1. I learned how to be in the moment. While taking a break from Facebook, my general phone use naturally decreased as well. I became far less concerned with my phone and began to just revel in every single moment. Jack White is one of my favorite musicians and I had the opportunity to see him in concert last summer. Before he began to perform, he made an announcement that gave me confirmation that I was making the right choice in putting my phone down for a while. He said something to the effect of, “Ladies & gentleman, I have hired a wonderful photographer to take photos throughout the night. I want you to put your phones down and enjoy the show. That’s what you came here for, right?” You could see the look of panic throughout the theater. No one really knew what to do. But, everyone knew he was right. The show was electrifying, because every single person (well, most, lets be honest) was simply in the moment and the energy was palpable. There were moments I would have missed if had been “checking-in” to the venue and thinking of the right hashtags.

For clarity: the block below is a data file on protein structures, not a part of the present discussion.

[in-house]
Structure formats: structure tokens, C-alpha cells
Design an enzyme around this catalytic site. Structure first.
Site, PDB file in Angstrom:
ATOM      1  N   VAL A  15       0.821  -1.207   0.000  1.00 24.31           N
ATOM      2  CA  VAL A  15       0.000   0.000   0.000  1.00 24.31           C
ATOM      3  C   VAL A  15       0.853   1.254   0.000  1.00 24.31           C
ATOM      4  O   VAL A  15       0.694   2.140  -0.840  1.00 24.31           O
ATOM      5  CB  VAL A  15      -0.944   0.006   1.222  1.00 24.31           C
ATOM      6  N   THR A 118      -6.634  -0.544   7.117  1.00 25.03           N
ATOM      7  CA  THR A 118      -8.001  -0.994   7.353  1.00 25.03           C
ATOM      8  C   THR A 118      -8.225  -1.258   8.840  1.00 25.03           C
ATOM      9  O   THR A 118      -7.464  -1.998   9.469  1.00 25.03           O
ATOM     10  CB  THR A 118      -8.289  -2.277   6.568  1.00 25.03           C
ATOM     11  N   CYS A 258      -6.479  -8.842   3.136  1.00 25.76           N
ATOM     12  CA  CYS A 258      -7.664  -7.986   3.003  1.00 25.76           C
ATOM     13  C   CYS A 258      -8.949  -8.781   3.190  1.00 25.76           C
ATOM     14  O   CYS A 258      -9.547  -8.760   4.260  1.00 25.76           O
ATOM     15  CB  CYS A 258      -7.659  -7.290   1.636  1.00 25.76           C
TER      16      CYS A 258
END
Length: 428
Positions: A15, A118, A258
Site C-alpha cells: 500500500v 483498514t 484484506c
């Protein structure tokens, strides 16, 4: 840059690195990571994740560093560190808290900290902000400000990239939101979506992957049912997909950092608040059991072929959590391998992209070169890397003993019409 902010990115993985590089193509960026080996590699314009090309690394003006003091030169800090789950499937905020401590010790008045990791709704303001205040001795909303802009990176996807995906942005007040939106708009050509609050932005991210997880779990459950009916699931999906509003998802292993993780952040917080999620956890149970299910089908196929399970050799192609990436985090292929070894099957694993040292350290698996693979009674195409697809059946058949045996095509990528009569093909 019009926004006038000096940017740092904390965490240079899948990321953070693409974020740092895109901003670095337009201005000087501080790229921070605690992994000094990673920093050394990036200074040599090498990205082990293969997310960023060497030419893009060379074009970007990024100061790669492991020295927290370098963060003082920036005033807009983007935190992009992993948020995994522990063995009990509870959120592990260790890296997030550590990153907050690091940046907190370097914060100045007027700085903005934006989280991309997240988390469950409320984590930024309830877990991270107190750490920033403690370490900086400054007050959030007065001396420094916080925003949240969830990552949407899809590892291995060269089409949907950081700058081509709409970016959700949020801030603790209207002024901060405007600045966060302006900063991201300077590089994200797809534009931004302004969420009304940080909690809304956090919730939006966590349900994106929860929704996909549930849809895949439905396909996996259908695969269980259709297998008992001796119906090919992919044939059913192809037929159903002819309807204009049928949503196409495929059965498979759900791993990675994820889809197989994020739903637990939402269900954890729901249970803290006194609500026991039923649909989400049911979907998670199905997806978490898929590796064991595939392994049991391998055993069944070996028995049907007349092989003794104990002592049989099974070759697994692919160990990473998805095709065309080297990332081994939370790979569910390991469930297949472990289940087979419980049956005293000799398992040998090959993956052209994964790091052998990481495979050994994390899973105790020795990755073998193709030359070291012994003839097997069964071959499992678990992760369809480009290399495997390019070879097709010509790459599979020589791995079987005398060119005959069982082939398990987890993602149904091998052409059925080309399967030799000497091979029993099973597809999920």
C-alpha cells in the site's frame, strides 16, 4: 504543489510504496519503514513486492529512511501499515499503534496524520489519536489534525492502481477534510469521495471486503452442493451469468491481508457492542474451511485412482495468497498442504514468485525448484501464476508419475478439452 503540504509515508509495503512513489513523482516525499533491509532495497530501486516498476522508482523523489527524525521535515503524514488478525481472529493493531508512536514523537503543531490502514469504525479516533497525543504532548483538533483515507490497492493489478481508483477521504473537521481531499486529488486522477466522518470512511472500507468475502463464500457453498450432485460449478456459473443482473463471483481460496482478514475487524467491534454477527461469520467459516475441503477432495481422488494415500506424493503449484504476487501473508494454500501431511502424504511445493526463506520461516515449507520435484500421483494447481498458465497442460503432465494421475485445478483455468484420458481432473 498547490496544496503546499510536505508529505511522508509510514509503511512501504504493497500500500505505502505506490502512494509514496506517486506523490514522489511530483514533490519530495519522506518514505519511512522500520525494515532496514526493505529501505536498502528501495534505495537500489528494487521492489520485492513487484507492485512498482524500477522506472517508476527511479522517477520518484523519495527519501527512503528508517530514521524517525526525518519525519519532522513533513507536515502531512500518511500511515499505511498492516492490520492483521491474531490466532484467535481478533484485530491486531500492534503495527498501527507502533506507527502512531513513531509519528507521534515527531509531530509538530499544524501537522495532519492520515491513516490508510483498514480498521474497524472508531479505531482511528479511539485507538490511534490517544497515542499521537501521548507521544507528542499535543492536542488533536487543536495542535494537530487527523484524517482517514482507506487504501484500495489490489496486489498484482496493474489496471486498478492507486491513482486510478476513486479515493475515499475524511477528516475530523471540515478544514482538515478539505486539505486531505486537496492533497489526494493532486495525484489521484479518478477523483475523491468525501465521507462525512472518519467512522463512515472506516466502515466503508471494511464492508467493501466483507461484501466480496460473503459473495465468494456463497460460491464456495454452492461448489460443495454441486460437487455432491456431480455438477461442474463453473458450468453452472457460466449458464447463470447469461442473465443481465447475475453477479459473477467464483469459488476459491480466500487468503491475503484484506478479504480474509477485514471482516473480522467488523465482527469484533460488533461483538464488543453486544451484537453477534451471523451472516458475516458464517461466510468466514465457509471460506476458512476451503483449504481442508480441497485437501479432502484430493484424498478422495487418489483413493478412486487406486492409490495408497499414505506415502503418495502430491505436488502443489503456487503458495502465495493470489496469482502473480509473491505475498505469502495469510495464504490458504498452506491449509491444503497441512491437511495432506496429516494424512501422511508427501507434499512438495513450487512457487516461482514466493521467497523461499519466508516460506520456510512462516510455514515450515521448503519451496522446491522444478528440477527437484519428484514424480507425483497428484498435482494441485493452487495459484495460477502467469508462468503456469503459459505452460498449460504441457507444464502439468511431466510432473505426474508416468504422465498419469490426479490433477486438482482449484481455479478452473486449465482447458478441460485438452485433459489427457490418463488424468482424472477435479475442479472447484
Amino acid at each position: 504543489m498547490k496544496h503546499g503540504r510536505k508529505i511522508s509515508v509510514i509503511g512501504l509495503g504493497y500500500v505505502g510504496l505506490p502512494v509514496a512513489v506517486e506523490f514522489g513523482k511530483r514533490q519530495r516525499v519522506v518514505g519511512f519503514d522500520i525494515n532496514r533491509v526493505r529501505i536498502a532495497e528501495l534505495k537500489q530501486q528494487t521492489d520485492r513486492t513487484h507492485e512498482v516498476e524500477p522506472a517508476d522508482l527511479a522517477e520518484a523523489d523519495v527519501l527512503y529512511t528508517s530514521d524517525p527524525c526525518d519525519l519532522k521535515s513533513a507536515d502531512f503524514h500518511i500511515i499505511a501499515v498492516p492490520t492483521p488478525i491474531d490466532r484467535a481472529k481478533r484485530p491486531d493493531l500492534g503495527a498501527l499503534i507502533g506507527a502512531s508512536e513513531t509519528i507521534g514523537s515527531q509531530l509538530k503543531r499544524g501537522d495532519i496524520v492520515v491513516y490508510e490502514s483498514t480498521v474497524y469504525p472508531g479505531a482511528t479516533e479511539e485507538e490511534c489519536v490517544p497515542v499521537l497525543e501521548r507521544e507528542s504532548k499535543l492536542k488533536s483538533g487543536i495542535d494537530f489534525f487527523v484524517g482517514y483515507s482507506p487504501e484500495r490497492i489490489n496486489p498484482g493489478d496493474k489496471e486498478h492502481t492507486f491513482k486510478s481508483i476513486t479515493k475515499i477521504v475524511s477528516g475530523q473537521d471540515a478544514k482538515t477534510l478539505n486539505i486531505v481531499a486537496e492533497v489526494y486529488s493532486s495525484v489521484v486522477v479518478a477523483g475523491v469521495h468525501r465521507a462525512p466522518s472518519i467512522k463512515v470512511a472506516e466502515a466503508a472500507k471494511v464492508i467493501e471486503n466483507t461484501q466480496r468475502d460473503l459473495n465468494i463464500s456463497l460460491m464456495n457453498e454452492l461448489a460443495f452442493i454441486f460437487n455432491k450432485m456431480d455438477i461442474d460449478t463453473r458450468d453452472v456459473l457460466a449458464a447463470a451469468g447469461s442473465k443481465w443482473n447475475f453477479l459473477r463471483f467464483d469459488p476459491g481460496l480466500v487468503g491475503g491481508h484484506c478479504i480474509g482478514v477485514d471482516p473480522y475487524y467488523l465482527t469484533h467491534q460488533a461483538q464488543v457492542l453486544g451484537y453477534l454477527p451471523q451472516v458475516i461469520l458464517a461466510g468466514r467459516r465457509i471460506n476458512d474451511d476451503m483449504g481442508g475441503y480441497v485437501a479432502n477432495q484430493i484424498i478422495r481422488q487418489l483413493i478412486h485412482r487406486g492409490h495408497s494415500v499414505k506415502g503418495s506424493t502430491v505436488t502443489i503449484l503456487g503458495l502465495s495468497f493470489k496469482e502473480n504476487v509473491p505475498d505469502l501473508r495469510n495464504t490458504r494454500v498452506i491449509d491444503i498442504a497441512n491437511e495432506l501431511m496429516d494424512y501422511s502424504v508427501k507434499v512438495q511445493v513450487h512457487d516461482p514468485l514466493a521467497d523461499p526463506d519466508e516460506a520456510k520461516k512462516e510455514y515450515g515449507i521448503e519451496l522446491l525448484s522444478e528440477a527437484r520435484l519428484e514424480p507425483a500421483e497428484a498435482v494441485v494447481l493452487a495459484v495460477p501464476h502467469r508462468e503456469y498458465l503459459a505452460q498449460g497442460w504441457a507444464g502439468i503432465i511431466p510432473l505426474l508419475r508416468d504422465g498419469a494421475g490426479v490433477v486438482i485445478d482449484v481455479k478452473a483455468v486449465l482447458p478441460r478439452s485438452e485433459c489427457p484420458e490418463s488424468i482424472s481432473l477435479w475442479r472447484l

2. I was reminded that truly connecting with people actually takes effort. Smartphones have become so efficient that we’ve actually become lazy. Remember when we had to pick up a phone to find out what was going on that weekend? During my digital break, I did just that. Since I wasn’t able to access a social media calendar or announcements, I had to pick up the phone and call my friends. The responses were comical and frustrating. “Wow. Adrienne. You’re calling to see what’s going on this weekend? How very 1997 of you.” “What do you mean? Didn’t you see my Facebook invite?”  Yes, it was annoying at first and time-consuming, but the phone calls I was making gave way to conversations that maybe never would have happened. I also found myself suffering from severe FOMO (Fear Of Missing Out), that I was accepting date offers more often. I no longer had the option of swiping through options. I wasn’t able to keep up with my friends lives’ while in bed or at the gym. I had to actually connect.